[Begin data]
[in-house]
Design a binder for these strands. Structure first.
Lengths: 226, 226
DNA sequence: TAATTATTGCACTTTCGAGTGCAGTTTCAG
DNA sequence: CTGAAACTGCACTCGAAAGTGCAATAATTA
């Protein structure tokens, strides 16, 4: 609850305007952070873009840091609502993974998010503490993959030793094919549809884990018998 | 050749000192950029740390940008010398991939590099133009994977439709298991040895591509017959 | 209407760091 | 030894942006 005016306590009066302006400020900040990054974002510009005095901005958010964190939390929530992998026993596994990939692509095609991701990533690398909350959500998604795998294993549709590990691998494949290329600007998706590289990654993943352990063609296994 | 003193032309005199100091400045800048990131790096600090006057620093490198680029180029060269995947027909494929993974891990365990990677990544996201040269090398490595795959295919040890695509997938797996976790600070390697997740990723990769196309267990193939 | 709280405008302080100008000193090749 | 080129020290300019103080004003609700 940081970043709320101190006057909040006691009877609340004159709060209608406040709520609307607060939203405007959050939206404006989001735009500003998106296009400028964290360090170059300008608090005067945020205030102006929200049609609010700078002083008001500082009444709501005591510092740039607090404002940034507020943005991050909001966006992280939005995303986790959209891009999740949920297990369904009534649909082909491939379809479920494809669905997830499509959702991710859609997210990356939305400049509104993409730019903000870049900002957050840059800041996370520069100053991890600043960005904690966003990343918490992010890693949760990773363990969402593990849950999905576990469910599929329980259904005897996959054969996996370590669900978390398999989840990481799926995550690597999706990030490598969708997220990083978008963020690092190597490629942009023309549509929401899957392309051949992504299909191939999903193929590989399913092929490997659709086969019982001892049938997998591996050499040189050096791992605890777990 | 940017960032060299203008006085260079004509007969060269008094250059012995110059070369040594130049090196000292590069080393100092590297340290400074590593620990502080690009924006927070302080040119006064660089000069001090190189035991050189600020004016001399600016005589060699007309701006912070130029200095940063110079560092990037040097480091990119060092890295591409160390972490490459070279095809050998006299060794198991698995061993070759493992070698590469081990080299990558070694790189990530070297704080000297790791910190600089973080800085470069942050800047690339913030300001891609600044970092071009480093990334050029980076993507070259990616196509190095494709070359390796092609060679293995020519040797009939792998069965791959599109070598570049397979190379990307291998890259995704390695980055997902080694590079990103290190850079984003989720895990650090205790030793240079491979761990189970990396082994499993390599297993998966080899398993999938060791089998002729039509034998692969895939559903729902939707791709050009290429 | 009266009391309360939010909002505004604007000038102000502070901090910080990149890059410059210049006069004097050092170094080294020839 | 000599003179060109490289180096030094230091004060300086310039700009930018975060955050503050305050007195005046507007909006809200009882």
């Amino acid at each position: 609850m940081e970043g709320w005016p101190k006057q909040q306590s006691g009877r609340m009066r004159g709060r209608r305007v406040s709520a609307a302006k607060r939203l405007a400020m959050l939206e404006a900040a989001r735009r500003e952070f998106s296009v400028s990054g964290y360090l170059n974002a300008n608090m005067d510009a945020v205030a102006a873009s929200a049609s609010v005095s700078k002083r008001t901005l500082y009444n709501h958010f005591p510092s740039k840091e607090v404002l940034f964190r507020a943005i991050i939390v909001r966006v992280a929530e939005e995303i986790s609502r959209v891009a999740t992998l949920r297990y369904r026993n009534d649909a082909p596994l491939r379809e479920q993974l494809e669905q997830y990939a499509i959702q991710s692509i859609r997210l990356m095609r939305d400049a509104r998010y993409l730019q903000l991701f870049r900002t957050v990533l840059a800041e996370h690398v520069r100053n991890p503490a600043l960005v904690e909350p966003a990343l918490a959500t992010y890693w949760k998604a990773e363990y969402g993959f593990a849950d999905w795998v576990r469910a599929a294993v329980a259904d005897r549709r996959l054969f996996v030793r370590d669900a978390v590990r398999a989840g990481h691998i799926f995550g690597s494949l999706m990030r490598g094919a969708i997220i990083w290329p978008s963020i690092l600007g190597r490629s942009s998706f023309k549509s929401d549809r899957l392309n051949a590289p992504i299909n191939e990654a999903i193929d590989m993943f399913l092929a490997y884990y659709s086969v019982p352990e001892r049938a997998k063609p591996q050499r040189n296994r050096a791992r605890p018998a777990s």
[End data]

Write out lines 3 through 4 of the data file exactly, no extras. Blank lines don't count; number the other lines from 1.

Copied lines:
Lengths: 226, 226
DNA sequence: TAATTATTGCACTTTCGAGTGCAGTTTCAG